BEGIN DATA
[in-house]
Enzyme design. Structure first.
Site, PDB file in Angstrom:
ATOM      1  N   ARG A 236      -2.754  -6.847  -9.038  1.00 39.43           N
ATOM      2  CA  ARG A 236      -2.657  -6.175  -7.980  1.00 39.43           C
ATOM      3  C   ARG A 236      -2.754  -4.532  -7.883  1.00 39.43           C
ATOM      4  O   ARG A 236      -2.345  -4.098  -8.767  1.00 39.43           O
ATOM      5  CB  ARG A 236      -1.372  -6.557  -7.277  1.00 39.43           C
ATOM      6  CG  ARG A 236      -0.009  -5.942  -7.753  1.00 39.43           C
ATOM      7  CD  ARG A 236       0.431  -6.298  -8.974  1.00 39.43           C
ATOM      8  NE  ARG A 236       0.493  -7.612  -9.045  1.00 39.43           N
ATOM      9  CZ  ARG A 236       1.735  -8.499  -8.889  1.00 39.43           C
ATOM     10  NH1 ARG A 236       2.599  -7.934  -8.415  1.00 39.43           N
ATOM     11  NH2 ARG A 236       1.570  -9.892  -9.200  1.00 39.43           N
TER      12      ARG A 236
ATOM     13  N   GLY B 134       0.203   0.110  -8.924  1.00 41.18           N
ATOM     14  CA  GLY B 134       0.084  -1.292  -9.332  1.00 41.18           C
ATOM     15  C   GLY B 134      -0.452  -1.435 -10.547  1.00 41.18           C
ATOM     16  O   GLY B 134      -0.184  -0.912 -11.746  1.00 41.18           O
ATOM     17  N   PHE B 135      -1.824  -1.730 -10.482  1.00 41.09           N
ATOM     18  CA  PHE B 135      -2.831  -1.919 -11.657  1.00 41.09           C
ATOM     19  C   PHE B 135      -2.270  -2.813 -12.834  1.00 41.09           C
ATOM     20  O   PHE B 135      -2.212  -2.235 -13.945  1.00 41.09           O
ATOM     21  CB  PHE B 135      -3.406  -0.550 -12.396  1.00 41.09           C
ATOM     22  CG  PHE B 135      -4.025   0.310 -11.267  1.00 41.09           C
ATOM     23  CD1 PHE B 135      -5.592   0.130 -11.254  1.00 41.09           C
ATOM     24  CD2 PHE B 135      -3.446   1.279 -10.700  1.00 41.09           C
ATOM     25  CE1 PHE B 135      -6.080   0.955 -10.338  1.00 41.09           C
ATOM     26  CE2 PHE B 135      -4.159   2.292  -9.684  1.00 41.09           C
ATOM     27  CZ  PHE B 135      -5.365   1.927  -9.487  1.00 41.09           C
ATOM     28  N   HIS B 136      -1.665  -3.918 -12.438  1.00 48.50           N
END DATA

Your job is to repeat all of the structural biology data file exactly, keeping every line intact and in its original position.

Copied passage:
[in-house]
Enzyme design. Structure first.
Site, PDB file in Angstrom:
ATOM      1  N   ARG A 236      -2.754  -6.847  -9.038  1.00 39.43           N
ATOM      2  CA  ARG A 236      -2.657  -6.175  -7.980  1.00 39.43           C
ATOM      3  C   ARG A 236      -2.754  -4.532  -7.883  1.00 39.43           C
ATOM      4  O   ARG A 236      -2.345  -4.098  -8.767  1.00 39.43           O
ATOM      5  CB  ARG A 236      -1.372  -6.557  -7.277  1.00 39.43           C
ATOM      6  CG  ARG A 236      -0.009  -5.942  -7.753  1.00 39.43           C
ATOM      7  CD  ARG A 236       0.431  -6.298  -8.974  1.00 39.43           C
ATOM      8  NE  ARG A 236       0.493  -7.612  -9.045  1.00 39.43           N
ATOM      9  CZ  ARG A 236       1.735  -8.499  -8.889  1.00 39.43           C
ATOM     10  NH1 ARG A 236       2.599  -7.934  -8.415  1.00 39.43           N
ATOM     11  NH2 ARG A 236       1.570  -9.892  -9.200  1.00 39.43           N
TER      12      ARG A 236
ATOM     13  N   GLY B 134       0.203   0.110  -8.924  1.00 41.18           N
ATOM     14  CA  GLY B 134       0.084  -1.292  -9.332  1.00 41.18           C
ATOM     15  C   GLY B 134      -0.452  -1.435 -10.547  1.00 41.18           C
ATOM     16  O   GLY B 134      -0.184  -0.912 -11.746  1.00 41.18           O
ATOM     17  N   PHE B 135      -1.824  -1.730 -10.482  1.00 41.09           N
ATOM     18  CA  PHE B 135      -2.831  -1.919 -11.657  1.00 41.09           C
ATOM     19  C   PHE B 135      -2.270  -2.813 -12.834  1.00 41.09           C
ATOM     20  O   PHE B 135      -2.212  -2.235 -13.945  1.00 41.09           O
ATOM     21  CB  PHE B 135      -3.406  -0.550 -12.396  1.00 41.09           C
ATOM     22  CG  PHE B 135      -4.025   0.310 -11.267  1.00 41.09           C
ATOM     23  CD1 PHE B 135      -5.592   0.130 -11.254  1.00 41.09           C
ATOM     24  CD2 PHE B 135      -3.446   1.279 -10.700  1.00 41.09           C
ATOM     25  CE1 PHE B 135      -6.080   0.955 -10.338  1.00 41.09           C
ATOM     26  CE2 PHE B 135      -4.159   2.292  -9.684  1.00 41.09           C
ATOM     27  CZ  PHE B 135      -5.365   1.927  -9.487  1.00 41.09           C
ATOM     28  N   HIS B 136      -1.665  -3.918 -12.438  1.00 48.50           N